Rusty Hopper's Modeler's Corner

O-ring Ramblings


| February/March 2004



Scale Gardner

Two views of Robert Brandie's scale Gardner No. 0. The Gardner No. 0 was first introduced in 1895 and rated at just over 1/2 HP, but output was eventually increased to 3/4 HP.

Hello again everyone. The other day a friend of mine asked me about using an o-ring instead of piston rings in a scale engine. I love the idea, and I use o-rings in most of the models I build.

Further, sometimes I install a cast ring in the ring groove below the o-ring. After the engine is broken in I'll pull the o-ring and install another cast ring, which gives it great compression.

The o-ring method will give you some piston slap as you are running only one 'ring,' and it is at the top of the piston. In my experience this hasn't caused any problems.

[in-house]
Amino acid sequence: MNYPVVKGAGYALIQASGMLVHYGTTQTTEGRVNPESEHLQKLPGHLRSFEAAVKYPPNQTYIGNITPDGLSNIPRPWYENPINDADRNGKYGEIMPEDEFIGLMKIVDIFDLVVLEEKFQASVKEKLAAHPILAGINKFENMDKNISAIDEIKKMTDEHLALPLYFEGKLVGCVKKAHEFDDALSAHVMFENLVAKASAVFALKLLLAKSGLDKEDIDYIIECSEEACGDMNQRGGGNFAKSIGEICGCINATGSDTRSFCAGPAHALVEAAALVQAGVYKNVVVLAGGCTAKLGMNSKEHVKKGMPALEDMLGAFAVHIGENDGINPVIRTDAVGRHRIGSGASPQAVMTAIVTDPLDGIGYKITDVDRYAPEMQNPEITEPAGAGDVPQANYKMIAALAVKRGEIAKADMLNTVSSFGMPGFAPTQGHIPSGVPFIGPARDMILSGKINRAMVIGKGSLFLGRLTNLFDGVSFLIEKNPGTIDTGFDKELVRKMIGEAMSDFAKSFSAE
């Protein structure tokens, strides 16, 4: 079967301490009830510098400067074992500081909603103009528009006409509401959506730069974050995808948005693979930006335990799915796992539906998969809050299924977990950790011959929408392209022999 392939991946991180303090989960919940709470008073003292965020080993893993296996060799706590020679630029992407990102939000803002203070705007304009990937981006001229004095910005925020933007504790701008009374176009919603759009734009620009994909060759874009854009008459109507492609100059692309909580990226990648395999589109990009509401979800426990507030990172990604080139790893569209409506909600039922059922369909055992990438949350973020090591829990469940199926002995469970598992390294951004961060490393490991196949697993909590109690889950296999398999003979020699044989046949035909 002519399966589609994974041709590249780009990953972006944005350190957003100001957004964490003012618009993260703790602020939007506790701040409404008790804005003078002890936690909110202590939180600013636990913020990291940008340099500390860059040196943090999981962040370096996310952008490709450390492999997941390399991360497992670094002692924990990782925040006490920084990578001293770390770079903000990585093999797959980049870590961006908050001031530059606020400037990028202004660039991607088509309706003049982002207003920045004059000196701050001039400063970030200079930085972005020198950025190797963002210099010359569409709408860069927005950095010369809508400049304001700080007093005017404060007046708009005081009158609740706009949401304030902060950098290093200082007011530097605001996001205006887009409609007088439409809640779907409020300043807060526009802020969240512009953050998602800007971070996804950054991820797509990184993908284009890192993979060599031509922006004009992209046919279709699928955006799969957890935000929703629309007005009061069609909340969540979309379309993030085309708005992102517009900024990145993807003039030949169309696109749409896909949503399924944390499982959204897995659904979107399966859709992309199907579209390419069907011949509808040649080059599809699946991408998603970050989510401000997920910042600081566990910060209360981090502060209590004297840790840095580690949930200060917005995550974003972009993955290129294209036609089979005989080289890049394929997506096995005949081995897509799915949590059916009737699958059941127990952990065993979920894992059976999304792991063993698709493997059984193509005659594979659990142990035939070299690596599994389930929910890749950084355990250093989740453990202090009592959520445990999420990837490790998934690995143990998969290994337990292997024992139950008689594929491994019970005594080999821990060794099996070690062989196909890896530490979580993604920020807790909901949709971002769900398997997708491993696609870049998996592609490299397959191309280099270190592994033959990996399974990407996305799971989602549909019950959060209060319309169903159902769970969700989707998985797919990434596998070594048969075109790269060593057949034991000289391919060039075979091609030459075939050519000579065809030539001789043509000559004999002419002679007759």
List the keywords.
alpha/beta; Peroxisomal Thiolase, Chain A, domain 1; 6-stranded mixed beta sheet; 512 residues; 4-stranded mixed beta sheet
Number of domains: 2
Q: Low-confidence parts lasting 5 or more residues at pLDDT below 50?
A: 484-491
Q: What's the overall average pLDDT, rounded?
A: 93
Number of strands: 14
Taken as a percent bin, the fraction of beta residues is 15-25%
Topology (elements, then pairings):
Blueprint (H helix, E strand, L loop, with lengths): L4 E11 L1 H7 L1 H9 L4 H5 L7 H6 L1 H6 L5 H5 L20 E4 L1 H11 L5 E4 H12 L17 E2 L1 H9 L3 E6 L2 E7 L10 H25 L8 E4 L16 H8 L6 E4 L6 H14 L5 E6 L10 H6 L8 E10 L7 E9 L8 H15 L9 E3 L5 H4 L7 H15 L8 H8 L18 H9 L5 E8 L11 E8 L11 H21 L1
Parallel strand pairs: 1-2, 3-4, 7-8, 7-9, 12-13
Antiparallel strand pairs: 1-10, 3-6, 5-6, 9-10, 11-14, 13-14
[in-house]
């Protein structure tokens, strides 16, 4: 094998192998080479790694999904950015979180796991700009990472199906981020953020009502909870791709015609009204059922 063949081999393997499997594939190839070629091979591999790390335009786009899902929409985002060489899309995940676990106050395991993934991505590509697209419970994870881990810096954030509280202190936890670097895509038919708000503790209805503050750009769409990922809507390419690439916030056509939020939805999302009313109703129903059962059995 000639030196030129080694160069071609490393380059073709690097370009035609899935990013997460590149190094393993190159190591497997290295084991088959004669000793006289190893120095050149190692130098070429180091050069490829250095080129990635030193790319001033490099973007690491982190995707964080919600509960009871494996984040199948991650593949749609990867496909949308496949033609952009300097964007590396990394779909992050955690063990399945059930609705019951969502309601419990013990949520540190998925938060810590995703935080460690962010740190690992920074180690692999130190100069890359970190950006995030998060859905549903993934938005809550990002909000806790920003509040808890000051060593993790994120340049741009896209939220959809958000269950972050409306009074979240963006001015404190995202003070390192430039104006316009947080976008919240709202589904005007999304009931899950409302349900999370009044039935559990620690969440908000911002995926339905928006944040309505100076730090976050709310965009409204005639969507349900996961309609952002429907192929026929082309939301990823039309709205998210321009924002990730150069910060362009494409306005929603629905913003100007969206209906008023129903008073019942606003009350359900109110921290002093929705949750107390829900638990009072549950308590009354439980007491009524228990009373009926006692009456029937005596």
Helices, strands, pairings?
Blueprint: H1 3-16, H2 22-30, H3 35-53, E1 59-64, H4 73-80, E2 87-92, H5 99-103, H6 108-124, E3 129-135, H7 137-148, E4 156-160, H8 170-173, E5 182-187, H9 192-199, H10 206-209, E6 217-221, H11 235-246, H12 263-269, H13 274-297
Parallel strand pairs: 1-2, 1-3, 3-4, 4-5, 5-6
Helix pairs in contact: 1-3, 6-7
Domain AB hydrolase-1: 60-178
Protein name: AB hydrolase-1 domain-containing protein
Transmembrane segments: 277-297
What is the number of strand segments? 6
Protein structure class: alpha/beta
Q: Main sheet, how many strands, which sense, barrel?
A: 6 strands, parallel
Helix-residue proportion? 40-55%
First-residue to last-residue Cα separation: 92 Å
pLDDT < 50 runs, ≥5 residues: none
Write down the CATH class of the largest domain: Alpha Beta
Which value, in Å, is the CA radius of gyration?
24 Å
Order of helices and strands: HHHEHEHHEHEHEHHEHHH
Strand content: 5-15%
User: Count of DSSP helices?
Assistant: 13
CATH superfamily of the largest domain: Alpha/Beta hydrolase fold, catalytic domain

If you want to run an o-ring, here is the way I do it. First, fit the piston close to your bore size -just so it passes smoothly through the bore. Next, cut the groove you normally would for a regular cast ring. I have found that each o-ring needs a custom fit as they come in many different sizes, both in diameter and thickness. With the o-ring installed, you want the piston to fit snug in the bore since the o-ring will expand some.

Now, I know some of you are thinking an o-ring won't last for long, and you're right. The engines I have built (and those of some friends') with o-rings will generally run for about 100 hours before the o-ring fails. If you think about it, that's some serious running time over the course of a season.

One benefit of using an o-ring is you don't need a great hone job to seat the rings, as a smooth bore works best with an o-ring. Have you ever looked at the inside of a hydraulic ram? They have almost a polished surface.